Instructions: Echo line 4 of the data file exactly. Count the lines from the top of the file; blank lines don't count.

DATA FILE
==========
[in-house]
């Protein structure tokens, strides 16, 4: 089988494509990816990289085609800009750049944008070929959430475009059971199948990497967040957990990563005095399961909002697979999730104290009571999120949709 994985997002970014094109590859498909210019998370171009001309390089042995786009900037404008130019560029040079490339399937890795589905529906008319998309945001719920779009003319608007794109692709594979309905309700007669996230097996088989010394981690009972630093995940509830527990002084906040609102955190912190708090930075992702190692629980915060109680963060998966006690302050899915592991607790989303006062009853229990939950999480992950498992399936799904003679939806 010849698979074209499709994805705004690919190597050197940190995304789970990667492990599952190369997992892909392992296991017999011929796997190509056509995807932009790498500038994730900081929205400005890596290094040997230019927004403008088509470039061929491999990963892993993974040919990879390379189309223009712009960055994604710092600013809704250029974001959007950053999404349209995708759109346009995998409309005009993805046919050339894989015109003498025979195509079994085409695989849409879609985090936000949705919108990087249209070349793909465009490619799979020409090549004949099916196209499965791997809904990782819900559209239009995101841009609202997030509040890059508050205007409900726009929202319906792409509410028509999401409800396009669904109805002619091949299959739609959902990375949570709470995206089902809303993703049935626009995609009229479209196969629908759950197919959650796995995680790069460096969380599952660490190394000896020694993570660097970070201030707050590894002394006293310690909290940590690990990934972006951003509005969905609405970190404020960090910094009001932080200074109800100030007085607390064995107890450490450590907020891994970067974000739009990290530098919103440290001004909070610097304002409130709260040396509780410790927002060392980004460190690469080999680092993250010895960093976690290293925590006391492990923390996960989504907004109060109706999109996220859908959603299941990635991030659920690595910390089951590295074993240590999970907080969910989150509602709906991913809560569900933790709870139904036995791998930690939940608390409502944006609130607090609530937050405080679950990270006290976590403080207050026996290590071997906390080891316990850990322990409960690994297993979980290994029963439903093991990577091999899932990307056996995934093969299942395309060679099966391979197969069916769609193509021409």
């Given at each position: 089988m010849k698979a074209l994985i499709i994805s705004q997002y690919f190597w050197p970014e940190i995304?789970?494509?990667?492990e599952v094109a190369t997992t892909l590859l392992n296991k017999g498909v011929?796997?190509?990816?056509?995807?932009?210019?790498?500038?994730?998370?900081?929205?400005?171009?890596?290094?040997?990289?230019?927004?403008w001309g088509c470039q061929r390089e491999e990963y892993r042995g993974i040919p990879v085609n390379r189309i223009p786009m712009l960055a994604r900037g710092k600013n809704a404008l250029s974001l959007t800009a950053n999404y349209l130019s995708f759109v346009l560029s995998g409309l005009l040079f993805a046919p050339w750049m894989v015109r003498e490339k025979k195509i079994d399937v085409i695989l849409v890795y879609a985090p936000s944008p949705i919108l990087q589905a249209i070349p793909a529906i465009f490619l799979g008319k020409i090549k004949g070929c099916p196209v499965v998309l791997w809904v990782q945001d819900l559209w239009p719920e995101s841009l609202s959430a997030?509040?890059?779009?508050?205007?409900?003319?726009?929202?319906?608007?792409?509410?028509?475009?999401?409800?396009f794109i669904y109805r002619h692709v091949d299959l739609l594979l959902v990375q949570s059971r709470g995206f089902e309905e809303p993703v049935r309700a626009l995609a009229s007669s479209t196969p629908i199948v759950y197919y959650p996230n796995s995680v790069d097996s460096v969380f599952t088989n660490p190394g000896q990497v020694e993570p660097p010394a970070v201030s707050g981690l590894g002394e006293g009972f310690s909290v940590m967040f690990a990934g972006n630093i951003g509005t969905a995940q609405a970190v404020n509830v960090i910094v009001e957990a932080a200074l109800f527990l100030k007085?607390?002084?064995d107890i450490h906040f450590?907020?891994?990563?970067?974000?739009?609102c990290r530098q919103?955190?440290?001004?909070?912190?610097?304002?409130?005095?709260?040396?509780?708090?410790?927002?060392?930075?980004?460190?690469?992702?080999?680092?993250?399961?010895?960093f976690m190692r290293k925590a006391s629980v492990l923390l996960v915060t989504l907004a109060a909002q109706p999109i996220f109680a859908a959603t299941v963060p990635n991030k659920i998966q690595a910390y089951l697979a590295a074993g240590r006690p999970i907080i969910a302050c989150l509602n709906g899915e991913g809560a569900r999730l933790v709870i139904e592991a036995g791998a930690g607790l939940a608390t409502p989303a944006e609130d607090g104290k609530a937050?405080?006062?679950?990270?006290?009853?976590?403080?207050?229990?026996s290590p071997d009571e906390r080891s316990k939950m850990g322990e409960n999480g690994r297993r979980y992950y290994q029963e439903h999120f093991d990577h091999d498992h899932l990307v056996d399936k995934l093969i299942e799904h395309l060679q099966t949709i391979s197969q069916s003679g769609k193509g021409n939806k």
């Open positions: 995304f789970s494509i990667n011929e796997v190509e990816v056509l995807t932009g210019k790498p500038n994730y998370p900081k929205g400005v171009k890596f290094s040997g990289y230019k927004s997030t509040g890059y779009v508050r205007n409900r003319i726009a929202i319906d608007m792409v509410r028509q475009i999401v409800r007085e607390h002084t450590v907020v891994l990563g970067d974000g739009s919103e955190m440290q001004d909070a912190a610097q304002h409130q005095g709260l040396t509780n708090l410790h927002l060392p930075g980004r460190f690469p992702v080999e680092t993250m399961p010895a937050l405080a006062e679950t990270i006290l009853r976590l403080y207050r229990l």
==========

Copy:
């Open positions: 995304f789970s494509i990667n011929e796997v190509e990816v056509l995807t932009g210019k790498p500038n994730y998370p900081k929205g400005v171009k890596f290094s040997g990289y230019k927004s997030t509040g890059y779009v508050r205007n409900r003319i726009a929202i319906d608007m792409v509410r028509q475009i999401v409800r007085e607390h002084t450590v907020v891994l990563g970067d974000g739009s919103e955190m440290q001004d909070a912190a610097q304002h409130q005095g709260l040396t509780n708090l410790h927002l060392p930075g980004r460190f690469p992702v080999e680092t993250m399961p010895a937050l405080a006062e679950t990270i006290l009853r976590l403080y207050r229990l």